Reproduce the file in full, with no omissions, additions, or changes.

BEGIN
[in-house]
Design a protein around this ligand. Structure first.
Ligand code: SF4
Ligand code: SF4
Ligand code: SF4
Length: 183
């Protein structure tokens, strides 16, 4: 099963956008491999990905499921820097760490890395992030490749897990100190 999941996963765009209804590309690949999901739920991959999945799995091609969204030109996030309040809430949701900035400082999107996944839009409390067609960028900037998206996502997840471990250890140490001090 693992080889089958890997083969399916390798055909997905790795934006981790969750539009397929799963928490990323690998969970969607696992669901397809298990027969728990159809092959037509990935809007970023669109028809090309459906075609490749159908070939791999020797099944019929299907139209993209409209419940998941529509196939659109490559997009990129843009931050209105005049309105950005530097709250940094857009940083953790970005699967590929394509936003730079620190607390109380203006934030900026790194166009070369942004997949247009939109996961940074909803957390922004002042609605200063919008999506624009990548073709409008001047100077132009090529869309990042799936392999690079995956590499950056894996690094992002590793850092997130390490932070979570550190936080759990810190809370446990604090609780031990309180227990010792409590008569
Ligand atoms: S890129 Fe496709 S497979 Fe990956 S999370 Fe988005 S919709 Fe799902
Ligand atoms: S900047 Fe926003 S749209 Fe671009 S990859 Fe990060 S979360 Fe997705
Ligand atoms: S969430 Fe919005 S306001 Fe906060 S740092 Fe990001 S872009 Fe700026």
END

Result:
[in-house]
Design a protein around this ligand. Structure first.
Ligand code: SF4
Ligand code: SF4
Ligand code: SF4
Length: 183
């Protein structure tokens, strides 16, 4: 099963956008491999990905499921820097760490890395992030490749897990100190 999941996963765009209804590309690949999901739920991959999945799995091609969204030109996030309040809430949701900035400082999107996944839009409390067609960028900037998206996502997840471990250890140490001090 693992080889089958890997083969399916390798055909997905790795934006981790969750539009397929799963928490990323690998969970969607696992669901397809298990027969728990159809092959037509990935809007970023669109028809090309459906075609490749159908070939791999020797099944019929299907139209993209409209419940998941529509196939659109490559997009990129843009931050209105005049309105950005530097709250940094857009940083953790970005699967590929394509936003730079620190607390109380203006934030900026790194166009070369942004997949247009939109996961940074909803957390922004002042609605200063919008999506624009990548073709409008001047100077132009090529869309990042799936392999690079995956590499950056894996690094992002590793850092997130390490932070979570550190936080759990810190809370446990604090609780031990309180227990010792409590008569
Ligand atoms: S890129 Fe496709 S497979 Fe990956 S999370 Fe988005 S919709 Fe799902
Ligand atoms: S900047 Fe926003 S749209 Fe671009 S990859 Fe990060 S979360 Fe997705
Ligand atoms: S969430 Fe919005 S306001 Fe906060 S740092 Fe990001 S872009 Fe700026």